How Long Does THC Toxicity Last in Dogs?

Learn about how long THC toxicity lasts in dogs from an expert's perspective. Find out what symptoms to look out for and how to prevent toxicity.

How Long Does THC Toxicity Last in Dogs?

Dogs and cats are generally known to show signs of marijuana poisoning one to three hours after exposure. These symptoms usually last between 18 and 24 hours, but can persist up to three days. The euphoric effects and other effects of Tetrahydrocannabinol (THC) usually last 18 to 24 hours in dogs. As THC is highly toxic to dogs, they cannot simply “fall asleep”.

If you observe any of these signs, it is important to contact your vet immediately. With the right treatment, dogs usually make a full recovery within a day or two. Physical signs of THC toxicity include a slow or rapid heart rate, altered blood pressure, and decreased breathing rate (respiratory rate). Lethargy and changes in body temperature can also be observed.

Fortunately, these side effects are usually short-lived, but they can still be dangerous and make your pet very uncomfortable. THC is the potent psychoactive substance found in marijuana and dogs have a much more severe reaction than humans when exposed to it. Dogs can experience toxicity when ingesting the plant directly, inhaling marijuana smoke, or consuming baked goods or other foods containing marijuana. Although there are tests to determine the level of THC in the urine, the results take time and are not practical.

The main difference between THC and Cannabidiol (CBD) is that THC causes psychotropic effects and has a moderate level of toxicity, while CBD is not psychotropic and many researchers consider it to be non-toxic or have limited toxicity. Many pet owners are unaware that marijuana is toxic to their dogs, especially with the recent research on the various benefits that marijuana can offer humans. To help prevent toxicity, it is important to keep marijuana edibles out of reach of pets in tall locked cabinets or locked drawers when not in use. For example, ingesting a “pot brownie” requires different treatment than inhalation, as eating the brownie requires treatment for the toxicity of cannabis and chocolate, while inhalation may require additional treatment for respiratory irritation. This is because your dog's body breaks down THC differently than yours does.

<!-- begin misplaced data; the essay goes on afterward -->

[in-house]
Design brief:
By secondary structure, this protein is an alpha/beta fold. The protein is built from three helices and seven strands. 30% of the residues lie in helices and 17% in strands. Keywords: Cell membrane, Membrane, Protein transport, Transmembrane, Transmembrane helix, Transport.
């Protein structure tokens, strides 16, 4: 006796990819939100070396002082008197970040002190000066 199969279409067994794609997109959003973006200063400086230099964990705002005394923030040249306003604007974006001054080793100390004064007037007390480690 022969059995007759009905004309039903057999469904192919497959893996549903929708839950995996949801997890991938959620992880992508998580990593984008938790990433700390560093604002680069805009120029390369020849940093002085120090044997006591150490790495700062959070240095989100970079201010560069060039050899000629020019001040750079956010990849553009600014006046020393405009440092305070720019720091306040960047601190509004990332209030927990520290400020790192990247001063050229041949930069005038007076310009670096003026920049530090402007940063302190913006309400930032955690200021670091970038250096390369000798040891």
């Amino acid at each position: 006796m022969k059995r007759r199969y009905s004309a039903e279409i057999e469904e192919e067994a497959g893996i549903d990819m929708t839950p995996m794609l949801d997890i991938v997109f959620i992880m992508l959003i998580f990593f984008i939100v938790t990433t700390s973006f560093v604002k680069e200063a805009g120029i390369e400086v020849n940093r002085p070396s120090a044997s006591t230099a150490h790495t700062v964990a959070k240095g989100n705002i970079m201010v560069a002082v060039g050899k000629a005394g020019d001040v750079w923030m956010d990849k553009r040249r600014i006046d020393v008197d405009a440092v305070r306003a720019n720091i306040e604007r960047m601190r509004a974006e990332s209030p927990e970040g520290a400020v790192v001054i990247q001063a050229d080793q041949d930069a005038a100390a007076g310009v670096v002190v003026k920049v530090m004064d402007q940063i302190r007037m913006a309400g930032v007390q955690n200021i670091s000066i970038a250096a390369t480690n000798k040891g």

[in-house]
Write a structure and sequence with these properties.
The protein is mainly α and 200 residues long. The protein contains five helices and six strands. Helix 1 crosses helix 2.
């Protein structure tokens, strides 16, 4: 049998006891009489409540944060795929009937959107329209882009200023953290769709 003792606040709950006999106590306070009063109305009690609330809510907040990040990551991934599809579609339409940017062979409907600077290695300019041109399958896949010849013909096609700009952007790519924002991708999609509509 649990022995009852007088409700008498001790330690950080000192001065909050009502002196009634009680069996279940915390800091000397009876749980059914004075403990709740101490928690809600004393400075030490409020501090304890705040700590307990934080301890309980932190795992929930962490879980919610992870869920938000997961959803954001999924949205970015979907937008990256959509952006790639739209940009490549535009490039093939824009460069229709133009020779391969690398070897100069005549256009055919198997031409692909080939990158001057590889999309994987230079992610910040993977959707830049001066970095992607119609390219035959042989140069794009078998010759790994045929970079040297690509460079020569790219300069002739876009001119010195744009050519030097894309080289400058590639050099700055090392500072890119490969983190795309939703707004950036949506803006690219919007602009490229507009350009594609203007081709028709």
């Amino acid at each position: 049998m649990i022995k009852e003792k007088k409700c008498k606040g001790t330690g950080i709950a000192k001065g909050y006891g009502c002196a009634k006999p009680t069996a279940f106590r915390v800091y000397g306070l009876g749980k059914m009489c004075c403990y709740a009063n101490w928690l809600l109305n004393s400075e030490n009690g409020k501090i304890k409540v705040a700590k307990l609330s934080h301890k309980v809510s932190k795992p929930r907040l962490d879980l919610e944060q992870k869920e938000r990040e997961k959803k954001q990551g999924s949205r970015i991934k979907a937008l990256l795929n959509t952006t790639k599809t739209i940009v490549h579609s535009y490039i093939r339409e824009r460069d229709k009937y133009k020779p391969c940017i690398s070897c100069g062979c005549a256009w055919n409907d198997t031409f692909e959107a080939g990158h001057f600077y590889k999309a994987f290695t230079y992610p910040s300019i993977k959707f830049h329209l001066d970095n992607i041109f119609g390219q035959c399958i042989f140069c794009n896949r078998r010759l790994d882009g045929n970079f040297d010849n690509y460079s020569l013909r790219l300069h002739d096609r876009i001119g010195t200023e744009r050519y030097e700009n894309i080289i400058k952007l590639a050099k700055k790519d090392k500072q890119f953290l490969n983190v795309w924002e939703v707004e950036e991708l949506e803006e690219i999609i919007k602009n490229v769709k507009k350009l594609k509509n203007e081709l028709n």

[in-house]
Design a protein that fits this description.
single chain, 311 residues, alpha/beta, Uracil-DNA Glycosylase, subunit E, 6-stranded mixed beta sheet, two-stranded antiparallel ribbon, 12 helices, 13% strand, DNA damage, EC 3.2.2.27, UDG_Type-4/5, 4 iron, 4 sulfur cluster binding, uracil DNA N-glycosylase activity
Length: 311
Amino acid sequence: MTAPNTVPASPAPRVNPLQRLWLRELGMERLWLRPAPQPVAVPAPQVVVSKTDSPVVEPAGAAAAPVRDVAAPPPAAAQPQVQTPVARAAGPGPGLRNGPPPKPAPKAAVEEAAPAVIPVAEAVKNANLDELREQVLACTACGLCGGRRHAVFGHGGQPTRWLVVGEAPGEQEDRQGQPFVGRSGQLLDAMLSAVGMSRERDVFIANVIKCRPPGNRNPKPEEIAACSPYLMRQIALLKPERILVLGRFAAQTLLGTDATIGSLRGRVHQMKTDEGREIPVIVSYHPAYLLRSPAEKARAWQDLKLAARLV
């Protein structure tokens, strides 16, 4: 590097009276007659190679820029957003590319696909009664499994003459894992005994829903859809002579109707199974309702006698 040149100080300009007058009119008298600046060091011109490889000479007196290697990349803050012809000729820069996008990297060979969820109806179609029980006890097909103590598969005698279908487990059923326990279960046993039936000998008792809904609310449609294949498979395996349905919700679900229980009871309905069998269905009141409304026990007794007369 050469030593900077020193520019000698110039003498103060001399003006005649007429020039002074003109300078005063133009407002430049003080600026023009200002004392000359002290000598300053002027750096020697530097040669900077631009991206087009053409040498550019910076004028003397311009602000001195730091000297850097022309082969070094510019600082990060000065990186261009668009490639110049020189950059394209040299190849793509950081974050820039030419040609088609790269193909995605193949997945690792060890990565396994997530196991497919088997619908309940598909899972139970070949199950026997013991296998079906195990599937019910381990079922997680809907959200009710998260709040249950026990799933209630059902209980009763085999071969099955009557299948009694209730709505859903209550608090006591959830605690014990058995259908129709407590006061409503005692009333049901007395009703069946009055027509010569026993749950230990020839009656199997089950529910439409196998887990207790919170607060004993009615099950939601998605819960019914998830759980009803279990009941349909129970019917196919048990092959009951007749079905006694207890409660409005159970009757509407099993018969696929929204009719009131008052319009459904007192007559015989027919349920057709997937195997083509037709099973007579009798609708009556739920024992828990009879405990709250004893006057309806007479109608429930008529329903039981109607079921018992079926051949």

First, signs of toxicity may not appear until after the drug has been absorbed into the system. Your veterinarian may also choose to administer activated charcoal which will help reduce the amount of THC absorbed. When your dog is exposed to THC, it is absorbed by the intestine and stored in bile, a liquid produced by the liver. Medically, THC is used to try to relieve muscle spasms caused by multiple sclerosis, nausea caused by chemotherapy, weight loss in patients with AIDS, seizure disorders, and Crohn's disease. Cannabis is considered to have a high margin of safety for people; however, not all people, and certainly not all pets, follow a single pattern of poisoning.

THC can be detected in blood or urine but diagnosis is usually based on clear clinical signs as well as the owner's story. THC is metabolized in the liver and most (65-90%) is excreted in faeces while a small percentage (10-35%) is eliminated through the kidneys.